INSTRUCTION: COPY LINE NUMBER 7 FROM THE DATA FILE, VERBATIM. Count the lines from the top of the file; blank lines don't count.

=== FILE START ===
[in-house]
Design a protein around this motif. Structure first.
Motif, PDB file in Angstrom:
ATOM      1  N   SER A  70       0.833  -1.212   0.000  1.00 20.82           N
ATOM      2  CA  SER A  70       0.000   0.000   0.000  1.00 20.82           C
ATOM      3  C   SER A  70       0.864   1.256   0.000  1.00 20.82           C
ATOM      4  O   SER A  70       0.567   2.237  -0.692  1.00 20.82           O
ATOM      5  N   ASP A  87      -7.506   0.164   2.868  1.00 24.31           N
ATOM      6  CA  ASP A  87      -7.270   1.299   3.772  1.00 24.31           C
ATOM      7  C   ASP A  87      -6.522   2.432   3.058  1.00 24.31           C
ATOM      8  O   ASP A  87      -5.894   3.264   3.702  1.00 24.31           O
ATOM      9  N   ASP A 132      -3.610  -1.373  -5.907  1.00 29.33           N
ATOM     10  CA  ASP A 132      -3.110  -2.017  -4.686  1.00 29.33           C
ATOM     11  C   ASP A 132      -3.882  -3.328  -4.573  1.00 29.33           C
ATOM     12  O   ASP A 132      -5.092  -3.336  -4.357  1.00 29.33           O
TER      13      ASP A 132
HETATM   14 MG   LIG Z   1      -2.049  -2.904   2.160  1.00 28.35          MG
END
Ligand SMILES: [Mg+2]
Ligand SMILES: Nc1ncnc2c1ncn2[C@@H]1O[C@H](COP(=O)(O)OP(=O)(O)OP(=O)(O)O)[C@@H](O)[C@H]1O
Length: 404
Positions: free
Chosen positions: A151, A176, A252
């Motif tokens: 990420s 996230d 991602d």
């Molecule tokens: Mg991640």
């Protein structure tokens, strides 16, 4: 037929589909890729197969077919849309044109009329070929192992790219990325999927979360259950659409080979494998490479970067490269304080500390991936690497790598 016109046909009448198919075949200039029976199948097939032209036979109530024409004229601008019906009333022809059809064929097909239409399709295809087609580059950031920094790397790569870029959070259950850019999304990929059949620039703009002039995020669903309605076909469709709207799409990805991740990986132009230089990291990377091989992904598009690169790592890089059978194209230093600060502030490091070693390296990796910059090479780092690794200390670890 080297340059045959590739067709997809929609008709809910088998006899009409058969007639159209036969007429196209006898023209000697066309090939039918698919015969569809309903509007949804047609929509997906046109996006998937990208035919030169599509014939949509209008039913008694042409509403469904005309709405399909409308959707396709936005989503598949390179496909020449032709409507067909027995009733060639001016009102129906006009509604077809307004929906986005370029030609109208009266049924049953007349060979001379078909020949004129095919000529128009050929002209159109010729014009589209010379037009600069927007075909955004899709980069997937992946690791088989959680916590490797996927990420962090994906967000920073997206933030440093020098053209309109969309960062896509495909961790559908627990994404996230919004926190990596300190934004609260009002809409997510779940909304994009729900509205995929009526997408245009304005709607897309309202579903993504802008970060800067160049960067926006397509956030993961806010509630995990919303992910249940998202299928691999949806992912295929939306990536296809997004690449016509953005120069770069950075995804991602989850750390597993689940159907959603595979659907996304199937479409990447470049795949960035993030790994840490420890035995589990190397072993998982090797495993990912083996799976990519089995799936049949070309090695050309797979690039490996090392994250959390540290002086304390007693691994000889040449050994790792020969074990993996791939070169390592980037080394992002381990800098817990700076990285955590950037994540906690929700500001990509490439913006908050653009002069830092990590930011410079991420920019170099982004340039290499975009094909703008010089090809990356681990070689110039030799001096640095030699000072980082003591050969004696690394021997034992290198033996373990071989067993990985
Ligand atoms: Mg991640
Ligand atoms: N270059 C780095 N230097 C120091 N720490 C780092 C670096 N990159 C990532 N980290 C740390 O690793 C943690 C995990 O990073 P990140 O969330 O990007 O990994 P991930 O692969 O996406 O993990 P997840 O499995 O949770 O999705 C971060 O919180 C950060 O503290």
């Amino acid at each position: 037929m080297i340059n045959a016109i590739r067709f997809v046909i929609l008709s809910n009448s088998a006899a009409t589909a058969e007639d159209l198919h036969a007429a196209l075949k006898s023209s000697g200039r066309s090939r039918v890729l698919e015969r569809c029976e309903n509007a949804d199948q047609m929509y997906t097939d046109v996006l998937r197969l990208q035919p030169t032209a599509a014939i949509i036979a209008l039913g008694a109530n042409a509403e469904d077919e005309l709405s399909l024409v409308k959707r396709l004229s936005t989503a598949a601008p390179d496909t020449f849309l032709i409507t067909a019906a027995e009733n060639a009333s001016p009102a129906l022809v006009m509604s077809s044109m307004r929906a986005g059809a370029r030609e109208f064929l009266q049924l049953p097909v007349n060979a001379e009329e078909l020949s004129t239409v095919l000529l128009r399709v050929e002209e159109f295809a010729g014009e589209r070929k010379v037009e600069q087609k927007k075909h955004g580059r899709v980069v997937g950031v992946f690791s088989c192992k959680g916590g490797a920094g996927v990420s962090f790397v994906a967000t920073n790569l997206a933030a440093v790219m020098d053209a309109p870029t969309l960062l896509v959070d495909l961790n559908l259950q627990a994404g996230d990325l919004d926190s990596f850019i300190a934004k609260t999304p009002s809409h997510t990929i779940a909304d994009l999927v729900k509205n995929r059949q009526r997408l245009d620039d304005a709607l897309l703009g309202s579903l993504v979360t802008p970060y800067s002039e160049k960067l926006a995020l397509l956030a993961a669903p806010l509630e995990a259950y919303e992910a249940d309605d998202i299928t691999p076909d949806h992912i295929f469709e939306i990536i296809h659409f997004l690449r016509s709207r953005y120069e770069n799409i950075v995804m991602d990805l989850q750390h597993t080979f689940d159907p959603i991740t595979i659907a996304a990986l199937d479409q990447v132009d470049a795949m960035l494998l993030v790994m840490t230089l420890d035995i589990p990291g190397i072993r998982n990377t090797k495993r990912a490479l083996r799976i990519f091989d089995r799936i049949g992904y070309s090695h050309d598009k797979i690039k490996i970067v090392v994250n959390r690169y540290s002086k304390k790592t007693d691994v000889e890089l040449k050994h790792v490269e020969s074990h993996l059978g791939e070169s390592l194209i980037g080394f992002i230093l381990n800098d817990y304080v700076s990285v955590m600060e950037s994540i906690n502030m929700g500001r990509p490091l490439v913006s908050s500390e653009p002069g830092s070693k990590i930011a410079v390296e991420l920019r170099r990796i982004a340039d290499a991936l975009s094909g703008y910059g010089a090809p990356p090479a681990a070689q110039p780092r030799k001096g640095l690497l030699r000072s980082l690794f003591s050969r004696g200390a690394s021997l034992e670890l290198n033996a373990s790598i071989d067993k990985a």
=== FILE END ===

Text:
ATOM      4  O   SER A  70       0.567   2.237  -0.692  1.00 20.82           O